The Big Harvest—Collecting Race Bling

 ‘Any idiot can run, but it takes a special kind of idiot to run a half marathon.’

(Spectator sign, Nashville 2019)

The process of running a half marathon has many layers.  You have the training, nutrition, travel to the race site, EXPO and the actual race.  Sounds like a lot but each layer gets easier the more you invest into the process of being a runner.

Took me a while to get comfortable with the concept of labeling myself a runner but finally stopped fighting the term and gladly accept it.  Hi, my name is Calvin and I’m a runner! 😊  Felt good getting that off my chest.  The quote above is from a spectator’s sign I saw while running the 2019 Nashville Rock ‘n’ Roll half marathon.  There are thousands of similar and funnier signs at every race.  The spectators are there to cheer, motivate and at times make runners laugh to help get through their respective race.  I make a point to acknowledge sign holders especially when they display a clever sign.  Another of my favorites:

‘Worse parade…EVER!’

The signs and spectators are welcome distractions from the actual process of completing a 13.1-mile race.  Music helps break up the miles, but the spectators always make me laugh with their encouragement and clever signage.

‘You know you’re a runner when…bling has nothing to do with jewelry.’

(Runners World)

An overlooked layer to the half marathon is what happens directly after crossing the finish line.  A legion of volunteers waits for each runner to cross the finish line and present us with city/race unique bling.  I never thought race medals would mean much to me but getting crowned after finishing a half marathon completes the journey.  I would feel I accomplished something big without the bling but let’s be honest—what’s the fun in that?! 😊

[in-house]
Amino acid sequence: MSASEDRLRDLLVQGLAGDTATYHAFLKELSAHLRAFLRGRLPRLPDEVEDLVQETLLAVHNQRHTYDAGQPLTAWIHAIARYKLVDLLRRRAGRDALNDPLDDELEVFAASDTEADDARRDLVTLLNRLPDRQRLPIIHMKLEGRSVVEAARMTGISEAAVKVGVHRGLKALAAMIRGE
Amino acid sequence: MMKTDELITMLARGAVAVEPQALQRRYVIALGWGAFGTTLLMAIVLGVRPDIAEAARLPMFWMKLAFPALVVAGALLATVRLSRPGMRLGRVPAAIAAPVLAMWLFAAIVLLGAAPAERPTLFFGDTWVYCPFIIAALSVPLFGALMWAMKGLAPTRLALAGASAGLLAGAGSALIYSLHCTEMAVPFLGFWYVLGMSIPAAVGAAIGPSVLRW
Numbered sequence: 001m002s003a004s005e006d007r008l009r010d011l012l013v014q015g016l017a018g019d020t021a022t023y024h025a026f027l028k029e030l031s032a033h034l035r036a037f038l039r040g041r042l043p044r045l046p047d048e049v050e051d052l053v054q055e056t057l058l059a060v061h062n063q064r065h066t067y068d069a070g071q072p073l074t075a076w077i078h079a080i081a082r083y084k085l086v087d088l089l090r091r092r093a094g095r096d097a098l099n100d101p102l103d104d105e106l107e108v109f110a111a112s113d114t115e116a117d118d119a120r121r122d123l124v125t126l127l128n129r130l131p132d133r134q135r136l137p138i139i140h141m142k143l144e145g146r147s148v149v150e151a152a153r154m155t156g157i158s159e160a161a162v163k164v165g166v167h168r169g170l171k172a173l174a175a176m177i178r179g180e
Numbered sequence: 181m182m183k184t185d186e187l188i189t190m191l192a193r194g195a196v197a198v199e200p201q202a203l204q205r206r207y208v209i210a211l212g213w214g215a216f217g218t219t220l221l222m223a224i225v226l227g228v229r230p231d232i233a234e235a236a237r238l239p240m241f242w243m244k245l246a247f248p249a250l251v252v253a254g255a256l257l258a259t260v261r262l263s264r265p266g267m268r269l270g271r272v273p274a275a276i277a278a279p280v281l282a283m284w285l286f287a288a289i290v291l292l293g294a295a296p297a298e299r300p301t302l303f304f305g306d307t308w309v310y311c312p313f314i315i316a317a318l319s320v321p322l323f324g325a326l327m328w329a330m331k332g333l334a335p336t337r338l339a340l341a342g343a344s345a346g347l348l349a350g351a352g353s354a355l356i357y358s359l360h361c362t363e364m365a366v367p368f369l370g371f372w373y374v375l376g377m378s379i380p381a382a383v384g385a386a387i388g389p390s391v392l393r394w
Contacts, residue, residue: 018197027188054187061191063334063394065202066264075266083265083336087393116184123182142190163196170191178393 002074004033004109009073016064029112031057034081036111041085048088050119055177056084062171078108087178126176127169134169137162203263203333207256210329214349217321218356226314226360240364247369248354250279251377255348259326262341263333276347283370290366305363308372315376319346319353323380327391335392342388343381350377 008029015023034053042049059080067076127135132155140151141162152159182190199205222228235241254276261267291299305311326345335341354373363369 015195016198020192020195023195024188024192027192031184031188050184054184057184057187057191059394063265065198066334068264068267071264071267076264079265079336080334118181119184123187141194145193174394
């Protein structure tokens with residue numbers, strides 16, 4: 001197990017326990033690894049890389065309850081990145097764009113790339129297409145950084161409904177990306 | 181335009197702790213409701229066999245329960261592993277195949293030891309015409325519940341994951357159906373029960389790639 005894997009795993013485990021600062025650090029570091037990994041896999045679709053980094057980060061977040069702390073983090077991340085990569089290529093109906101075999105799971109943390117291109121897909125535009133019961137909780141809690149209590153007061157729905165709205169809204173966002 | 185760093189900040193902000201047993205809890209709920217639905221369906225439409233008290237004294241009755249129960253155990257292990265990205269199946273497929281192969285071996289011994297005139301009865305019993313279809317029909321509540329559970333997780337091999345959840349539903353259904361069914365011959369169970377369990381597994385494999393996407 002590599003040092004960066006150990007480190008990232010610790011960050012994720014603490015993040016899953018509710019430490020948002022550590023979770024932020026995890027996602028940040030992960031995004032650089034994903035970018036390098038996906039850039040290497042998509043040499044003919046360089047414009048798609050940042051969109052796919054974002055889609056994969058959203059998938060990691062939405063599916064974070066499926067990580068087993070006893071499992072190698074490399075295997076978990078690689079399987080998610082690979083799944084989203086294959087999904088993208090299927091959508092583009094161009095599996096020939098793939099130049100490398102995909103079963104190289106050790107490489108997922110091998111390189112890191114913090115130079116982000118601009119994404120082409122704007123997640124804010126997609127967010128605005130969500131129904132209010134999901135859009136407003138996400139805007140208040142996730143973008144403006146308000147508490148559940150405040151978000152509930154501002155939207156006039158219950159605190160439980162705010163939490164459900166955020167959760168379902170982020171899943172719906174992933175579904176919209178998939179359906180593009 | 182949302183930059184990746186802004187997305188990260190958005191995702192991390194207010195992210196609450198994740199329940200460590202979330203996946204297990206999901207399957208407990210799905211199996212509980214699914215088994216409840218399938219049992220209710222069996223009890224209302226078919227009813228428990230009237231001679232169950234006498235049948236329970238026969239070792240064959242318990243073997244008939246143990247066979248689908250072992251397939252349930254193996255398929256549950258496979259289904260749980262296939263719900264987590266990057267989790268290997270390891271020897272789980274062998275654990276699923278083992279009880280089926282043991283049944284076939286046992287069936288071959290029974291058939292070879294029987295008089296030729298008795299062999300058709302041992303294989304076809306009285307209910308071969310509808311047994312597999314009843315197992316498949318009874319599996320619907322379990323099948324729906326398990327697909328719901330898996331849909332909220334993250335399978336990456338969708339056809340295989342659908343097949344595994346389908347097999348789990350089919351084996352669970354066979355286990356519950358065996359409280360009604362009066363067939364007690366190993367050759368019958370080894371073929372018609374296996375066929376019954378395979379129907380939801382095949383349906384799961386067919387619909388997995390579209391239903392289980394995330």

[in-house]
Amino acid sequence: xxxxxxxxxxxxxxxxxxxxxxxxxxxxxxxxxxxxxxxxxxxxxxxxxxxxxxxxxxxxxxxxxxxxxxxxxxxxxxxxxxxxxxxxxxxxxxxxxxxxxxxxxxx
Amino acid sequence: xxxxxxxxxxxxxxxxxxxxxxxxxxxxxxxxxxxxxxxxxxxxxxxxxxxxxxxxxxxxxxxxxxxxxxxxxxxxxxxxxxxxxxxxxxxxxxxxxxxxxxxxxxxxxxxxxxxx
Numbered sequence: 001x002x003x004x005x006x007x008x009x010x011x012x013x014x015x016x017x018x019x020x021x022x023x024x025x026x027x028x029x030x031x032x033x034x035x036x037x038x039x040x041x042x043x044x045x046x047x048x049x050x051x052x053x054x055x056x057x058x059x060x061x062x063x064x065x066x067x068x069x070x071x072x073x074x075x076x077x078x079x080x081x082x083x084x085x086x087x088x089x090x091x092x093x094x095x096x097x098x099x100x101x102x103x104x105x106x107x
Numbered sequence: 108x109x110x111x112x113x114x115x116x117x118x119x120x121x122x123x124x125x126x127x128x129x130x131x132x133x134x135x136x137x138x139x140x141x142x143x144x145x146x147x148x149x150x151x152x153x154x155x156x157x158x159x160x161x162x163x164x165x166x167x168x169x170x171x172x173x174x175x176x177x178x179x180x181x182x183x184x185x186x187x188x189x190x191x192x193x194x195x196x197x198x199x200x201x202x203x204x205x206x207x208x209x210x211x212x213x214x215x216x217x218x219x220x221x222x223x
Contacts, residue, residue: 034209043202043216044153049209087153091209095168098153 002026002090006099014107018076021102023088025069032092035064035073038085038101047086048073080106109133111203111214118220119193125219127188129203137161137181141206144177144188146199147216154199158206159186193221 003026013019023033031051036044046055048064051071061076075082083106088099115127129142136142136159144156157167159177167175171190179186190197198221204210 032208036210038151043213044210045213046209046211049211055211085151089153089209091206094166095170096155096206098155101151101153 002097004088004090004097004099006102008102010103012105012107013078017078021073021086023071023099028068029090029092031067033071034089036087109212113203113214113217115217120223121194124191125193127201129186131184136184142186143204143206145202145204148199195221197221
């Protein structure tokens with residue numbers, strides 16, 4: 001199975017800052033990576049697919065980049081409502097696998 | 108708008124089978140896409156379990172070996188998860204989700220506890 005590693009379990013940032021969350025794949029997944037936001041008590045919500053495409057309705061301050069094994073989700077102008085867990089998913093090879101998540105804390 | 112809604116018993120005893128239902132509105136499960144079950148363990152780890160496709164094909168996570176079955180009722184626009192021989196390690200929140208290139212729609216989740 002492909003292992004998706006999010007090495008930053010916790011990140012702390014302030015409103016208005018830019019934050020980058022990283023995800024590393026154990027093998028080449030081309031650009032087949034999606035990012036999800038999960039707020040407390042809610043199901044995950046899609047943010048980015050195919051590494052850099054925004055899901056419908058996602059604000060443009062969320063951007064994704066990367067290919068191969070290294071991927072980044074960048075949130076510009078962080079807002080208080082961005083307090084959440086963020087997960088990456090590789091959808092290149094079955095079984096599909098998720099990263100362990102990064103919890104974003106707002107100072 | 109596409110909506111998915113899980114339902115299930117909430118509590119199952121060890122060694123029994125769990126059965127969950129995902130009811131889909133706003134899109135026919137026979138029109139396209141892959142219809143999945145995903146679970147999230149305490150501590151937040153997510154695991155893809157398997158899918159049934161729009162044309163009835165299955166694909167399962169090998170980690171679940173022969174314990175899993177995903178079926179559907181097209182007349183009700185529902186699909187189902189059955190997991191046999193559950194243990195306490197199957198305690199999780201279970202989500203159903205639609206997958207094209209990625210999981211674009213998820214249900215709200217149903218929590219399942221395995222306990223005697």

I always write about races and my training routine to get prepared.  The race city and entertainment options are other favorite things I have written about.  Decided to invest in a medal holder for the bling I’ve collected over the years to properly display my ‘adult trophies’.  Didn’t realize how many medals or how cool some of them are prior to researching the medal holder.  I didn’t have much of an organizational system for them either.  This will all change since I put in the work to earn the bling—will get these properly displayed on a medal holder where everyone can see them and then must listen to me explain each one—just joking!